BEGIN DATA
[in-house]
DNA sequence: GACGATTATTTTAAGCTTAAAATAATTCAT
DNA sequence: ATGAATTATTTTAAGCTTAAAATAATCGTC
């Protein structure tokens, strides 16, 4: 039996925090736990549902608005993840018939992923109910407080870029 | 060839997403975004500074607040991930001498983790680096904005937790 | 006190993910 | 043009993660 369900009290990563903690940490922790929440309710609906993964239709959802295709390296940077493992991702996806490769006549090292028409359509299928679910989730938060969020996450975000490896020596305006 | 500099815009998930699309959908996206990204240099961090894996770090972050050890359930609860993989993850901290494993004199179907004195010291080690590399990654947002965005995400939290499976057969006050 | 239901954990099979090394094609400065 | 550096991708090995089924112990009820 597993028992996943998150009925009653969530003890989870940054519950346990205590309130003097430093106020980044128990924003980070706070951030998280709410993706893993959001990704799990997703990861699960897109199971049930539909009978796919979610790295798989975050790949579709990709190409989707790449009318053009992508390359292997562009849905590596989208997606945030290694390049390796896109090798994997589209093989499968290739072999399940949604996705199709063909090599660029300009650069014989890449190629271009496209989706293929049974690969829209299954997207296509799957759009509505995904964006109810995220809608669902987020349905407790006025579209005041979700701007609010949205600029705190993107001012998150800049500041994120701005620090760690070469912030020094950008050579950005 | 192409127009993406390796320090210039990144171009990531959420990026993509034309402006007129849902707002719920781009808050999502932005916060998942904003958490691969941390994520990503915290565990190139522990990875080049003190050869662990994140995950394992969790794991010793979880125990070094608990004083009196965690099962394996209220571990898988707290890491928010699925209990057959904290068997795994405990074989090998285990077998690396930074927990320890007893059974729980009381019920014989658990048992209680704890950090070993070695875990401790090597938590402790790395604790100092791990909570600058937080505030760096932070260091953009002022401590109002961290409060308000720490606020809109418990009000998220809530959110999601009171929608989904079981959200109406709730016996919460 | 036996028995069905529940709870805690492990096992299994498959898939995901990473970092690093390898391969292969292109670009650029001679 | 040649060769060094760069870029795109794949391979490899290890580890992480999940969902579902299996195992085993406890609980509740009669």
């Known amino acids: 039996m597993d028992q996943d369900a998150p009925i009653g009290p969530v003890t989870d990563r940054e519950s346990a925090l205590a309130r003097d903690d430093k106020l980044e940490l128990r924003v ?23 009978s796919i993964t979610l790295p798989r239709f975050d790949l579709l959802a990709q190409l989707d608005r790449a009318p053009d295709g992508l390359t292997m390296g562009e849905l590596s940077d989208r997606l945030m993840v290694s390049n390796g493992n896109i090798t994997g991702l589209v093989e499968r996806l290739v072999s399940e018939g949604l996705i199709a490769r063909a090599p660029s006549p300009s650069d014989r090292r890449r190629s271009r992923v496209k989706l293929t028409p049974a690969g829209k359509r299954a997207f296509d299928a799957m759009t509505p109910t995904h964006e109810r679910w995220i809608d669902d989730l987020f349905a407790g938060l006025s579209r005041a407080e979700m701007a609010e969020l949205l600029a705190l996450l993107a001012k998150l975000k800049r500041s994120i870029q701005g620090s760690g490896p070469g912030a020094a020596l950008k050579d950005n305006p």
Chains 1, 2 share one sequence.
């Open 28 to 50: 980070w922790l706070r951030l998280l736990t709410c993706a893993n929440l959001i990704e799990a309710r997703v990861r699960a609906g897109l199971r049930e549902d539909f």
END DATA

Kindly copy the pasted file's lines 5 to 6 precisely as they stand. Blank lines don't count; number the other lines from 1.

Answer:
């Known amino acids: 039996m597993d028992q996943d369900a998150p009925i009653g009290p969530v003890t989870d990563r940054e519950s346990a925090l205590a309130r003097d903690d430093k106020l980044e940490l128990r924003v ?23 009978s796919i993964t979610l790295p798989r239709f975050d790949l579709l959802a990709q190409l989707d608005r790449a009318p053009d295709g992508l390359t292997m390296g562009e849905l590596s940077d989208r997606l945030m993840v290694s390049n390796g493992n896109i090798t994997g991702l589209v093989e499968r996806l290739v072999s399940e018939g949604l996705i199709a490769r063909a090599p660029s006549p300009s650069d014989r090292r890449r190629s271009r992923v496209k989706l293929t028409p049974a690969g829209k359509r299954a997207f296509d299928a799957m759009t509505p109910t995904h964006e109810r679910w995220i809608d669902d989730l987020f349905a407790g938060l006025s579209r005041a407080e979700m701007a609010e969020l949205l600029a705190l996450l993107a001012k998150l975000k800049r500041s994120i870029q701005g620090s760690g490896p070469g912030a020094a020596l950008k050579d950005n305006p």
Chains 1, 2 share one sequence.